Peregrine Falcon

Peregrine Falcon
PEREGRINE FALCON (Falco peregrinus)
Pronounced: Fal-koe pare-e-grin-us Order: Ciconiiformes
Kingdom: Animalia Family: Falconidae
Phylum: Chordata Genus: Falco
Class: Aves Species: Peregrinus


Peregrine Falcons are common birds of prey – they can be found in many places around the world, except for Antarctica and the Pacific Islands. Some populations are still endangered or recovering, but overall, this species, which was once driven close to extinction due to chemical use, is now thriving. Peregrines were one of the first examples, in the 1990’s of bioaccumulation in the food chain. Bioaccumulation is the effect of chemicals building up in a prey species, then accumulating in the body of a predator and being passed up the food chain. The amount of accumulated chemicals, such as DDT, in the peregrine falcon was leading to severe reproductive failure, and population numbers plummeted. Since DDT and other chemicals were banned in many parts of the world, and conservation efforts were established, numbers have risen significantly.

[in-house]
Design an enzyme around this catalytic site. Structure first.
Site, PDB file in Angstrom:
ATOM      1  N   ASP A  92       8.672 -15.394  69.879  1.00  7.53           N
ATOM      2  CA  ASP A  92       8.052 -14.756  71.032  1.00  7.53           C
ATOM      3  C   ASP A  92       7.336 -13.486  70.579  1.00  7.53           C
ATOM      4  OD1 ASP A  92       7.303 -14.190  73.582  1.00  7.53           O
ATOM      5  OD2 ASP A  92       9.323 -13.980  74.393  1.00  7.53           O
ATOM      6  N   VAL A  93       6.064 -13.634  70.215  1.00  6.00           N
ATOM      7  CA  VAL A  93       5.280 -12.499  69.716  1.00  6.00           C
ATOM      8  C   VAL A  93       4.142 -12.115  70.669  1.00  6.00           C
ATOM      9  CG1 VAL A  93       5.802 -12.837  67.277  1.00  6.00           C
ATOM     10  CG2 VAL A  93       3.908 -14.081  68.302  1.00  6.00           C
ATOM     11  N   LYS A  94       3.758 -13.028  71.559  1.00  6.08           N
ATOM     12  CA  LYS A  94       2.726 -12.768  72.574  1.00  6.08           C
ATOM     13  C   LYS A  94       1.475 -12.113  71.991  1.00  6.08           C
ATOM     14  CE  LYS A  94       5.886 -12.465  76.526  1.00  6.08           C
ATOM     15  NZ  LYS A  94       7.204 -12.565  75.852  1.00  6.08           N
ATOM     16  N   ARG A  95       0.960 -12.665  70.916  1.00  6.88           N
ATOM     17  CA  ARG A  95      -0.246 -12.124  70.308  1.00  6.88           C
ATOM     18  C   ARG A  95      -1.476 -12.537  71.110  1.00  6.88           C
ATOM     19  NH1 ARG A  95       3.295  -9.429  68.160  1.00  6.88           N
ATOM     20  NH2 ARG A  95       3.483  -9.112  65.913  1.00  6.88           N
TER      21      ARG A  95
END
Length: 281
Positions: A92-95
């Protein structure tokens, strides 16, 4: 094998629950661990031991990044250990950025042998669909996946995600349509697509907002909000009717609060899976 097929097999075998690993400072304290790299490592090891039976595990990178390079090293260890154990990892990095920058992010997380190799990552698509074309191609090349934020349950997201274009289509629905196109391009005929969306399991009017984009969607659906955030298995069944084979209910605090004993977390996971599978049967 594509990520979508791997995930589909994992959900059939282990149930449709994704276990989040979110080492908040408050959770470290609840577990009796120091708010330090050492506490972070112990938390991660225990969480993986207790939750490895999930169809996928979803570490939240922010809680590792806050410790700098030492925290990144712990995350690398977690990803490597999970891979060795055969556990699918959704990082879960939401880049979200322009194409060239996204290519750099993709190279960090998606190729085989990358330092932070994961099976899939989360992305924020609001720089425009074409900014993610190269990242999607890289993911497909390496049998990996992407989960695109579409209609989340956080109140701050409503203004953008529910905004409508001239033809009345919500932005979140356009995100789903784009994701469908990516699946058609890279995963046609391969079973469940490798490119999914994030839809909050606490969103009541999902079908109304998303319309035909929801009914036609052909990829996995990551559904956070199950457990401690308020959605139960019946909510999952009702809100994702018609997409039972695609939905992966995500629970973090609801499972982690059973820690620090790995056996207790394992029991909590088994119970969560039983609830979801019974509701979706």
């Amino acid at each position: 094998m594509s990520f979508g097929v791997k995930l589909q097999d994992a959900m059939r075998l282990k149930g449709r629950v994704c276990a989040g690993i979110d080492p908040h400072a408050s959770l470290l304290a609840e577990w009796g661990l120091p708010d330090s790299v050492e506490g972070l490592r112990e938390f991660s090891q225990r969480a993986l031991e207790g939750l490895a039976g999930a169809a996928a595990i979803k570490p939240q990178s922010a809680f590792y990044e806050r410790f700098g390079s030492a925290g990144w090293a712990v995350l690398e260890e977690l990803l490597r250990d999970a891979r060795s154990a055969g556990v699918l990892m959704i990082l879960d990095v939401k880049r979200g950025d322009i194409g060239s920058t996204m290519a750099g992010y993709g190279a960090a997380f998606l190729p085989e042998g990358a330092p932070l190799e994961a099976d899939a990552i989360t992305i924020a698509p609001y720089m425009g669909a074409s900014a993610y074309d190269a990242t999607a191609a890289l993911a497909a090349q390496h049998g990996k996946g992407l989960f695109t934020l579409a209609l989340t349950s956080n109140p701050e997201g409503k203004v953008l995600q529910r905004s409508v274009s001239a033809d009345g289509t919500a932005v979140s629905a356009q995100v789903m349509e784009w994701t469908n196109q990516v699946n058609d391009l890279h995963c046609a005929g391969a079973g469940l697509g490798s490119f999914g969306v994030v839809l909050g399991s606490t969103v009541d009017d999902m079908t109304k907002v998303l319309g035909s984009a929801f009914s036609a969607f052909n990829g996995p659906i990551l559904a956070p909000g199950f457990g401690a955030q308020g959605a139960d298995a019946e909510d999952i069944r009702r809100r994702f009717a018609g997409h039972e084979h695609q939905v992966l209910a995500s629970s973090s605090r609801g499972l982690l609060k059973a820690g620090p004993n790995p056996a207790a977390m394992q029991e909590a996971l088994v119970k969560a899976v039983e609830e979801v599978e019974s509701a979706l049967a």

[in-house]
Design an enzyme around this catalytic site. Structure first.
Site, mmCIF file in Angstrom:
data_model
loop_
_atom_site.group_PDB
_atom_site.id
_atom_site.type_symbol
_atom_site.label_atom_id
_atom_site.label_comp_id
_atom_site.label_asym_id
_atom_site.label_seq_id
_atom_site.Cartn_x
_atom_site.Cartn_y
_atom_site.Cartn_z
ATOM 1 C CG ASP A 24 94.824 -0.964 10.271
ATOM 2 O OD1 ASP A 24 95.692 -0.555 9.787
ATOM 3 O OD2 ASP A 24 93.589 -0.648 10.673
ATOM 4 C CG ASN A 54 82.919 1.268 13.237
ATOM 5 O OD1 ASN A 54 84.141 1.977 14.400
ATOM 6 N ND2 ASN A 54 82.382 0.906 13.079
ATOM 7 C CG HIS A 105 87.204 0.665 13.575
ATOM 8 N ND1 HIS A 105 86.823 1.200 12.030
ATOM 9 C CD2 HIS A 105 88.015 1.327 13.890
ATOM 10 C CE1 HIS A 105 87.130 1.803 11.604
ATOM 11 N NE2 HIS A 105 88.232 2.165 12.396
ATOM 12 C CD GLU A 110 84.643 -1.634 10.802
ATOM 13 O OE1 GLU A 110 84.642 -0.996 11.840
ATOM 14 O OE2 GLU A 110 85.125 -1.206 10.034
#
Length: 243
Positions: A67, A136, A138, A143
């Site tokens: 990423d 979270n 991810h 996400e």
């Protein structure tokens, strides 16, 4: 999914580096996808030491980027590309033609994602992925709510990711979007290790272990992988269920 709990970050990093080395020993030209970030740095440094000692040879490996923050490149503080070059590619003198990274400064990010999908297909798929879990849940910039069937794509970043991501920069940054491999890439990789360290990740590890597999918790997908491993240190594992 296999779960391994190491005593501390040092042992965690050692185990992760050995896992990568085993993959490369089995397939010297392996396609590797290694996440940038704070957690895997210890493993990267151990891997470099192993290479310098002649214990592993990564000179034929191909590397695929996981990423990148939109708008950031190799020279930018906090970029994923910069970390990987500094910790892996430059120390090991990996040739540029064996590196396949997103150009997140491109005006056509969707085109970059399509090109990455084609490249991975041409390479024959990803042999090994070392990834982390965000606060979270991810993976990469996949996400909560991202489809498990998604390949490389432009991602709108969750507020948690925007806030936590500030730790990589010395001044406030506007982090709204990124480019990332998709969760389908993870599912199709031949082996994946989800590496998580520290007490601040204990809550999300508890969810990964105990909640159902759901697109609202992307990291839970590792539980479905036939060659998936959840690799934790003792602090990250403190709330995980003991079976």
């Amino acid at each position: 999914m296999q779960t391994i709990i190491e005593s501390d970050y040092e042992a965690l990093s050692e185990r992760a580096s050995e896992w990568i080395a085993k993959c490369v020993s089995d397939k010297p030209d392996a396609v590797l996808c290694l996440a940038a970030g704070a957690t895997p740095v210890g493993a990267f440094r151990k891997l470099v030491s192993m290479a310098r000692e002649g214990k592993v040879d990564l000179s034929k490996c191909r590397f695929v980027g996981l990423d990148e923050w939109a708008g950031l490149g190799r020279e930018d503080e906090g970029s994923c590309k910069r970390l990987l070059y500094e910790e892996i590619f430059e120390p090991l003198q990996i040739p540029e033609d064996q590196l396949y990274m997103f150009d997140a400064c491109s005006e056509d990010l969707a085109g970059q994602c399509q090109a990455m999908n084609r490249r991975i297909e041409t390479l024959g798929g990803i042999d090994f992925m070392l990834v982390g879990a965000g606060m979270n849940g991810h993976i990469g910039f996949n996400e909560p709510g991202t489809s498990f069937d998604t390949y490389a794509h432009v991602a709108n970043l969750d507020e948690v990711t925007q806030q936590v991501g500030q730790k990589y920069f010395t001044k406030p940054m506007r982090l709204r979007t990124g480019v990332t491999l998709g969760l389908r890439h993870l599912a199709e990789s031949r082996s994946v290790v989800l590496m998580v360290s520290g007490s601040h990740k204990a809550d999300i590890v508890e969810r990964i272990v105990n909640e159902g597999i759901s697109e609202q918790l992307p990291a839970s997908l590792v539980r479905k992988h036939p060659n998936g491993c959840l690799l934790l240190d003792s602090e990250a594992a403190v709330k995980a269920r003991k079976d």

This is one of the world’s fastest flyers, reaching speeds of up to 380 km/h (236 MPH) when it dives down to catch prey. It is also one of the highest flyers, routinely flying at altitudes of 600 m. It captures its prey – many other types of birds, by descending upon it with closed fists and punching it, then catching it and carrying it to a perch or nest to eat. Peregrines also surprise their prey by coming at them from an unexpected direction, in a blind spot caused by the sun, or from behind a cliff or building. They also sometimes catch small mammals, such as lemmings and occasionally, particularly in the breeding season, hunt in pairs.


Peregrine falcons traditionally nested on cliffs or mountainside outcroppings, but have been versatile enough to find new nesting opportunities on tall buildings. The nest is simply built and may be no more than a scraped out area for the eggs. Three to five brownish-pink eggs are laid, and about a month later, they hatch. The hatchlings’ downy coats are replaced with feathers in 3 to 5 weeks, and they begin to learn how to fly. They begin to hunt at 2 – 3 months old. Only about 1 in 10 young Peregrines makes it to breeding age, and if they do, they can live up to 15 years in the wild. Females are considerably bigger than males, but otherwise they look the same.


Excellent flyers, Peregrines can migrate up to 25,000 km (app. 15,000 miles) per year.

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